Truancy: a world of original soundscapes opened up by treated sax and piano

Jim Denley and Cor Fuhler, Truancy, Australia, Splitrec, splitrec24 CD / vinyl (2014)

News of Cor Fuhler’s death on 22 July 2020 at age 56 years after a long illness (not COVID-19, by the way) hit me hard even though I’m not that familiar with his work and the only significant release I remember having of his was his collaboration with Gert-Jan Prins, “The Flirts”, recorded nearly 20 years ago. Born in the Netherlands in 1964, Fuhler studied improv under Ukrainian-born Dutch jazz pianist / composer Misha Mengelberg and became an improviser / composer on treated piano, guitar, synthesiser and various other instruments. In the early 1990s, Fuhler met Australian improviser / composer / saxophonist Jim Denley in Switzerland and over the years they met occasionally to play together whenever Fuhler came to Australia. In 2012, Fuhler moved to Sydney and this afforded more opportunities for the two to perform as a duo.

Denley and Fuhler recorded “Truancy” over the last seven weeks of 2013 in the latter’s backyard studio in Wahroonga, in northern Sydney. For the first 10 minutes of first track “Skive”, the duet of acoustic alto saxophone and acoustic piano is rather low-key and restrained, despite the early skittery noise, but later on the track the saxophone perks up and starts parping out blats and bursts of tone drone. The treatments of both sax and piano render those instruments unrecognisable to listeners and at times telling the difference between the two is hard indeed. You would be hard pressed to believe that the two musicians are not using non-keyboard percussion instruments at all, as sounds reminiscent of bells, gongs and even maracas appear on the recording. Second track “Wag” is a livelier if more shrill work, with occasional moments of darkly sharp, even steely menace. Ear-splitting drones with insistent tinny alarm-clock beats make the early part of “Wag” hard to ignore and paranoia surrounds the listener completely. Splurts of more or less pure sax appear near the end of the track, as if the instrument is now admitting its true identity.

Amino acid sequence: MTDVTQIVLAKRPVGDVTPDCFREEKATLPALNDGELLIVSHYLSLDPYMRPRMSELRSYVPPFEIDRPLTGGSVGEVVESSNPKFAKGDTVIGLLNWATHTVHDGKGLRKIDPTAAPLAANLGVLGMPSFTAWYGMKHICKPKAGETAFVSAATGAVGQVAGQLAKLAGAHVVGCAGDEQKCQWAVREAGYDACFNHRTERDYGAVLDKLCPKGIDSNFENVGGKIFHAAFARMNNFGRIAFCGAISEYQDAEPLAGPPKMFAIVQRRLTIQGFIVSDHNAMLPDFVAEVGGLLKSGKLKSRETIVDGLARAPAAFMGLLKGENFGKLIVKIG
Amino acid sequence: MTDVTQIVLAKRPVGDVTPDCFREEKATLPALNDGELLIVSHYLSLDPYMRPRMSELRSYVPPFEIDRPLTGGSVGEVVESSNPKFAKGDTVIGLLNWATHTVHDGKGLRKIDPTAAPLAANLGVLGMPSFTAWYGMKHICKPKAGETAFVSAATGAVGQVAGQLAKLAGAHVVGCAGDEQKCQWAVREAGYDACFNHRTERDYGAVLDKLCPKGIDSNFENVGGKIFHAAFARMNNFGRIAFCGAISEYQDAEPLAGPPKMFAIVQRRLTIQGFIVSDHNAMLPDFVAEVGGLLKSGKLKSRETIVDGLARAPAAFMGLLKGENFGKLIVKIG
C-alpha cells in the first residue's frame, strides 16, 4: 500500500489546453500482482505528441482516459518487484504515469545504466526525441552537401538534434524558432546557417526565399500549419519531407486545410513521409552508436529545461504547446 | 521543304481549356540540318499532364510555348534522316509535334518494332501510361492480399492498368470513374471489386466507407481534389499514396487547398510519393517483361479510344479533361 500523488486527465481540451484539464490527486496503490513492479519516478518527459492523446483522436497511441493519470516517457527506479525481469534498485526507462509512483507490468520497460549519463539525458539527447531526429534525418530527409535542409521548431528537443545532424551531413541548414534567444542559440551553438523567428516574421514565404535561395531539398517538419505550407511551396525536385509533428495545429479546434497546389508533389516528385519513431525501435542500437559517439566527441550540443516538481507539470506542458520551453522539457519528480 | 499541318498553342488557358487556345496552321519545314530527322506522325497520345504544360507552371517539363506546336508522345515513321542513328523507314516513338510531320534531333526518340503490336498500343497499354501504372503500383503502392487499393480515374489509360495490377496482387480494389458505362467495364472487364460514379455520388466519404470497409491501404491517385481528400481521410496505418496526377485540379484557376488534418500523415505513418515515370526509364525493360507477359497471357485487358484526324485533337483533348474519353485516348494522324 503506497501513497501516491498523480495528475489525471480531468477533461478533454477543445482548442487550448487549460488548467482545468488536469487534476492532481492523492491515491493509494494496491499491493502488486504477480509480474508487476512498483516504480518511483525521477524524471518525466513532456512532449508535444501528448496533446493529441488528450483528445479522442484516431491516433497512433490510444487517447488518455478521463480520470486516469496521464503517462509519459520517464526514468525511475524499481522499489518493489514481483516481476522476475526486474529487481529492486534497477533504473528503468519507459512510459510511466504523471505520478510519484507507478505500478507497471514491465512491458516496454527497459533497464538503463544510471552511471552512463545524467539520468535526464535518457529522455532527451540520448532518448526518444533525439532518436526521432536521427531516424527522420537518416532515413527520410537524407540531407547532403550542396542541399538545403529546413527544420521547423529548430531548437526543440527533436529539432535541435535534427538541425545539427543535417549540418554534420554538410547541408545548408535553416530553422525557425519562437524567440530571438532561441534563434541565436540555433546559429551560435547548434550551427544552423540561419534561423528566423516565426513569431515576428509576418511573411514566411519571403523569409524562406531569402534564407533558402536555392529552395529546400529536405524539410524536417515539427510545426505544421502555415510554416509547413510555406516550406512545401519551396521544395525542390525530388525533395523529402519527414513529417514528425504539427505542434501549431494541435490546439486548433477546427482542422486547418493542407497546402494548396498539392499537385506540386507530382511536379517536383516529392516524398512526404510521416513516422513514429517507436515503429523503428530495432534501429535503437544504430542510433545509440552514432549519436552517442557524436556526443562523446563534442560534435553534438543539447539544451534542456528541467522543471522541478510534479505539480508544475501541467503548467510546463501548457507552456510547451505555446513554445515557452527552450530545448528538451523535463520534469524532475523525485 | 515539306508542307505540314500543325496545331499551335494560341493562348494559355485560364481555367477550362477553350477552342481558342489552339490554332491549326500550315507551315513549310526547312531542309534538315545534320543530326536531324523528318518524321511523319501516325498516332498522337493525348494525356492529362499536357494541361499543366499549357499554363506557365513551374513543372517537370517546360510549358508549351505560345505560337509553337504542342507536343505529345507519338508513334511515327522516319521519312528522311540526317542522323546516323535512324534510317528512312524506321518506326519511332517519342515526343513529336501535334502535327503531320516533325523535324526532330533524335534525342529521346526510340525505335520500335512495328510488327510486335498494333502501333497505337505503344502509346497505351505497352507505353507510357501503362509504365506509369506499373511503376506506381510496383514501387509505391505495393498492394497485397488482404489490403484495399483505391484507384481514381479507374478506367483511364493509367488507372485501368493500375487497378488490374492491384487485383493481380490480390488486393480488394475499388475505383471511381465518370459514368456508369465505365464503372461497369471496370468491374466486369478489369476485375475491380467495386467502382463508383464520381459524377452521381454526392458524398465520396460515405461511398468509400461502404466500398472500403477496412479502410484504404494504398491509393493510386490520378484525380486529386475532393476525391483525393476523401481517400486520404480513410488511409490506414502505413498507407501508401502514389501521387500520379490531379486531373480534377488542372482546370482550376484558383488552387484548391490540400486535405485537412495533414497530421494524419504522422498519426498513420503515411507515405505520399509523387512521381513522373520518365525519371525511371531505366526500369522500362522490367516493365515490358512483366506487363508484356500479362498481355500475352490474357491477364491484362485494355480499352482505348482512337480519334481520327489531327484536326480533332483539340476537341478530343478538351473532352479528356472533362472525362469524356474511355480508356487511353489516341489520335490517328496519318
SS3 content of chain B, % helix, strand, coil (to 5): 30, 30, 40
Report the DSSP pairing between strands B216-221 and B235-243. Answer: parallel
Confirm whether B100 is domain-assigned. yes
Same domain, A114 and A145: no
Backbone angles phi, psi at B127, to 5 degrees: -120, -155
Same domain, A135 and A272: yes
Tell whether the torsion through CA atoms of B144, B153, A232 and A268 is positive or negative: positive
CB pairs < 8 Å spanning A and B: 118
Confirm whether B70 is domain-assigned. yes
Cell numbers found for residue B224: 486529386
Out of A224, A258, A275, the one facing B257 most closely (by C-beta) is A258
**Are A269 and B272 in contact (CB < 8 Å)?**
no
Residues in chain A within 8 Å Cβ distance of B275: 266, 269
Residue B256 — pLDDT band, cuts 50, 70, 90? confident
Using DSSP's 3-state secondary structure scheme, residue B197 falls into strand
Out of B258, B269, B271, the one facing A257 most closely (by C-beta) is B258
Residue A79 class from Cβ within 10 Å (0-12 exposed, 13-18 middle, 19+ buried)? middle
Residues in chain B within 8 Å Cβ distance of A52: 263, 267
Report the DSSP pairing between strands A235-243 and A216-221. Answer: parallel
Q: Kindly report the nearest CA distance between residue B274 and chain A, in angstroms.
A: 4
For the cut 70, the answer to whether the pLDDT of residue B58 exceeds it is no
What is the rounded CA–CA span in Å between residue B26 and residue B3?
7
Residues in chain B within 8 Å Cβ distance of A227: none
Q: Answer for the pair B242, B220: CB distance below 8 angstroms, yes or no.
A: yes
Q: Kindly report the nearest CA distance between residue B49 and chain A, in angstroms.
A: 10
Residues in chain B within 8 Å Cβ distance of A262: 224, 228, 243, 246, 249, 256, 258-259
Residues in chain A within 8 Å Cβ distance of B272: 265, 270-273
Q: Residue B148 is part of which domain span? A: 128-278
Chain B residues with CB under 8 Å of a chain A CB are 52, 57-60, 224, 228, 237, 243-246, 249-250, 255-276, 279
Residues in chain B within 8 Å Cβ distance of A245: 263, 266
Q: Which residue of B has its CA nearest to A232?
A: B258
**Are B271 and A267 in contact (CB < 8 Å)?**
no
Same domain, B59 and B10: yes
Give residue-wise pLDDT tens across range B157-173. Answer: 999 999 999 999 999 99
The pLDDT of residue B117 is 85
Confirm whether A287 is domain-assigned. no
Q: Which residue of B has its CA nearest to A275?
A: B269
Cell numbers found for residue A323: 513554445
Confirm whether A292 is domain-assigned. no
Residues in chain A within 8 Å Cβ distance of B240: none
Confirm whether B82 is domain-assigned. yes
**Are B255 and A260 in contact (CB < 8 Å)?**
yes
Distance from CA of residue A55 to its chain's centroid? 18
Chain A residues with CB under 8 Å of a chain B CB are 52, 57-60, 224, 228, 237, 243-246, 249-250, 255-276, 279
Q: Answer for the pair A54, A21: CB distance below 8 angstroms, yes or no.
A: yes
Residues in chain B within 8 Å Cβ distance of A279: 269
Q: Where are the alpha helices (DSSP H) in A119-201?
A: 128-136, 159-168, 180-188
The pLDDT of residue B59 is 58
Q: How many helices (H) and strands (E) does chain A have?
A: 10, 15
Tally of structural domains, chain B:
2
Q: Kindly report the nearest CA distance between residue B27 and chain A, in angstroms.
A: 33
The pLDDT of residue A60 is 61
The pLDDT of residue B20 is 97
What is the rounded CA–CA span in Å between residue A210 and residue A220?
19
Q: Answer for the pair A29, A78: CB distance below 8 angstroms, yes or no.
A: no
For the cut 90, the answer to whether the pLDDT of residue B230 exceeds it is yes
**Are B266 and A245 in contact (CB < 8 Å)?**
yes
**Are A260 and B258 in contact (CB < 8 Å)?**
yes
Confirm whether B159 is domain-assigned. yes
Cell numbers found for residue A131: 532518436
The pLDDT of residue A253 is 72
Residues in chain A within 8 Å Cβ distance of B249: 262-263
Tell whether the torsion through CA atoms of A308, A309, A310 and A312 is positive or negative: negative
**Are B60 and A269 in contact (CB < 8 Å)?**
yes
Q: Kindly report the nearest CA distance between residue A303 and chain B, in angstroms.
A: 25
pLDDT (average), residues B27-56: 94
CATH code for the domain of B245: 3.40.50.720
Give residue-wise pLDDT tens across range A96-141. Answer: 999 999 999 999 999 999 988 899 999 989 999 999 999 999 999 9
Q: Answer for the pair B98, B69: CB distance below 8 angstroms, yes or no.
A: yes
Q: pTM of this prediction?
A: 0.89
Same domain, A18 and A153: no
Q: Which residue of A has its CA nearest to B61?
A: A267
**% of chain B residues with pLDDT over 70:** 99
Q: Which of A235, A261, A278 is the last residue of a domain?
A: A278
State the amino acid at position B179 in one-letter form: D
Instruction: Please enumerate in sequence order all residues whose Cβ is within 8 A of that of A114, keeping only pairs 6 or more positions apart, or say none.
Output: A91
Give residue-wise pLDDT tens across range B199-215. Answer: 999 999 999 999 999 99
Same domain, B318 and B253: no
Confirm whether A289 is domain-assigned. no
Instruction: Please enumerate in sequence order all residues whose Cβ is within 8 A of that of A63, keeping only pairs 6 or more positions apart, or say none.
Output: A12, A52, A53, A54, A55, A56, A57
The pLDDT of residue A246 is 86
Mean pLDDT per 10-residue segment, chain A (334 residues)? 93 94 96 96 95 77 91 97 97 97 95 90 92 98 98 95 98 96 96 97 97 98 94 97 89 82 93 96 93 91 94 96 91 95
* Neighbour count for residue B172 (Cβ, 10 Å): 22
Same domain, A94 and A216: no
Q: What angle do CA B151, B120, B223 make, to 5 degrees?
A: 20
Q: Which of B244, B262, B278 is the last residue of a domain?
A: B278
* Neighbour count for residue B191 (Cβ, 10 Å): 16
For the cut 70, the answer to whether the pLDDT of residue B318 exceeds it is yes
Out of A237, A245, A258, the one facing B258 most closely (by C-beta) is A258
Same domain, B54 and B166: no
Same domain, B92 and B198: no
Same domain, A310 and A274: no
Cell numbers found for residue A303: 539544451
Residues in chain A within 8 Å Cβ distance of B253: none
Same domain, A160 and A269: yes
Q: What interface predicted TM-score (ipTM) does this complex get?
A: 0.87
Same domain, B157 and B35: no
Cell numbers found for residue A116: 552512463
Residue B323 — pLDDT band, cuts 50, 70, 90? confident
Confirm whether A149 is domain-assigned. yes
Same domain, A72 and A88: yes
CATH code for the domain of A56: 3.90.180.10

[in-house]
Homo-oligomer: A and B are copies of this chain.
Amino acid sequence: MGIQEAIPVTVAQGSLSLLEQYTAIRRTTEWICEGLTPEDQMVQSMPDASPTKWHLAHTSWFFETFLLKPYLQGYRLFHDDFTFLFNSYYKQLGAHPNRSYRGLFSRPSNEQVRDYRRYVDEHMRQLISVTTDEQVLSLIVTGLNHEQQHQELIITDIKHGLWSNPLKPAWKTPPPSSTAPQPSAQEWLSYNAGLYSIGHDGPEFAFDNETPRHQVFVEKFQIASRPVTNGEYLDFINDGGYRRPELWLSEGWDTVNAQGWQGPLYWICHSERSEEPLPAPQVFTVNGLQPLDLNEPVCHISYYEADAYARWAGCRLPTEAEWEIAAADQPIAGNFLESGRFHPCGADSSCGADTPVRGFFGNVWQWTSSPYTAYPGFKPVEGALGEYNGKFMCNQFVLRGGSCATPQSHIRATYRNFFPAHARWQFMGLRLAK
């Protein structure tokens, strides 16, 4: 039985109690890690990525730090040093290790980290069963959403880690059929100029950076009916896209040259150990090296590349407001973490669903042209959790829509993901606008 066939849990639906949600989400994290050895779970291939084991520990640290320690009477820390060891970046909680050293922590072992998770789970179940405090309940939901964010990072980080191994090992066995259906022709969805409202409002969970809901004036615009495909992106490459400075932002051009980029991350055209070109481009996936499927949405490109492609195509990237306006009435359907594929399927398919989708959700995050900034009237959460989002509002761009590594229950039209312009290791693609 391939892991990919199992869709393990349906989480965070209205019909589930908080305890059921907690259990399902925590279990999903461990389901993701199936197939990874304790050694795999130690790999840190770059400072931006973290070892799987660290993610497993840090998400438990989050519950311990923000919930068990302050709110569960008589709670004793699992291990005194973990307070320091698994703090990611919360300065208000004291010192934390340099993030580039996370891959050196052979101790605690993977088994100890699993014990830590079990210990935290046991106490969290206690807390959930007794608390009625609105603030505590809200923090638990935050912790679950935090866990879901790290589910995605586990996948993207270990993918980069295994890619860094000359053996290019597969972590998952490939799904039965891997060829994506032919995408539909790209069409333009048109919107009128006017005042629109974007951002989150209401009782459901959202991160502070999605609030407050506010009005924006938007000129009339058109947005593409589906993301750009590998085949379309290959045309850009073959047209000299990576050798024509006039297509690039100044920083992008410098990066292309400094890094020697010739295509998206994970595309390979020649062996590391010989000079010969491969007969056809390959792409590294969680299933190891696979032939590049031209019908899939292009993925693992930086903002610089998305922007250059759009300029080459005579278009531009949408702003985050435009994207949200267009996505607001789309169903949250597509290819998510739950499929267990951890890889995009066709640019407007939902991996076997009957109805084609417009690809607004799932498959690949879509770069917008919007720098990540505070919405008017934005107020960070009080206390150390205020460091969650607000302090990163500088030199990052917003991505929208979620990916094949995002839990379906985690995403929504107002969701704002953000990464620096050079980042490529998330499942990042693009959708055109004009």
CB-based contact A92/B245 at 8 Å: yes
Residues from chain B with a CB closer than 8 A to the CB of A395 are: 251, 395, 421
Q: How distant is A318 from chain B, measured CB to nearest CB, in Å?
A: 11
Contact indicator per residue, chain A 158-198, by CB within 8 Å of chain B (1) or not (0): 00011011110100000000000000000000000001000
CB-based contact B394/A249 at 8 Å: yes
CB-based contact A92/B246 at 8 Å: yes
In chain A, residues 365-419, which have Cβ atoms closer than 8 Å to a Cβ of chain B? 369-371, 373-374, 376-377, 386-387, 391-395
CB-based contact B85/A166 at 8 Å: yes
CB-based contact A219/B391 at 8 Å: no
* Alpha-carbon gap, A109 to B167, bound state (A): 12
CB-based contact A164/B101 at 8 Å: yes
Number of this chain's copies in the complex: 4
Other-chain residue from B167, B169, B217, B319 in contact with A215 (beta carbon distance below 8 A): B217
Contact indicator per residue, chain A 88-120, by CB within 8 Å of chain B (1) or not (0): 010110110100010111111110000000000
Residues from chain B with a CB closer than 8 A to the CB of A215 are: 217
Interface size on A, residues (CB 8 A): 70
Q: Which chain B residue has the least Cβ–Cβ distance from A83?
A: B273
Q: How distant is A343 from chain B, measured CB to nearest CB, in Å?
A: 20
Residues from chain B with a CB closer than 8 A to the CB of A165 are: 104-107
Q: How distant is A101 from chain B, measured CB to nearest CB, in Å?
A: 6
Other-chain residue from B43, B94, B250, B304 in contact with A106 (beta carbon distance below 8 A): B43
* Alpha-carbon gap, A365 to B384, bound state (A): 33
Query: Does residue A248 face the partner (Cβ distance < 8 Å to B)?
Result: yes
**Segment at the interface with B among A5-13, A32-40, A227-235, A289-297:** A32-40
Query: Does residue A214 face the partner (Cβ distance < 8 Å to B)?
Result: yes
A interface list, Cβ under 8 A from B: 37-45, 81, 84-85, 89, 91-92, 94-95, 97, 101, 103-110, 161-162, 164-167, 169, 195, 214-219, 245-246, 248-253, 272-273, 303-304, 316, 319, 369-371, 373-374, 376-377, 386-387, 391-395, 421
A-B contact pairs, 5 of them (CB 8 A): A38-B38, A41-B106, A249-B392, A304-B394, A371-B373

Even though for the most part the album coasts along on an even keel, seemingly more absorbed in the new world opened up by prepared sax and piano than in manipulating listeners’ minds and feelings, the treated yet raw sounds and tones the two musicians coax out of their instruments can be truly astonishing and original. The piano and the sax really do take on other musical identities under Denley and Fuhler’s hands. Once again, and not for the first time or the last, a significant voice in music becomes much more so to us when we discover its loss, and what remains of that voice is remarkable recordings like “Truancy”.

RIP Cor Fuhler.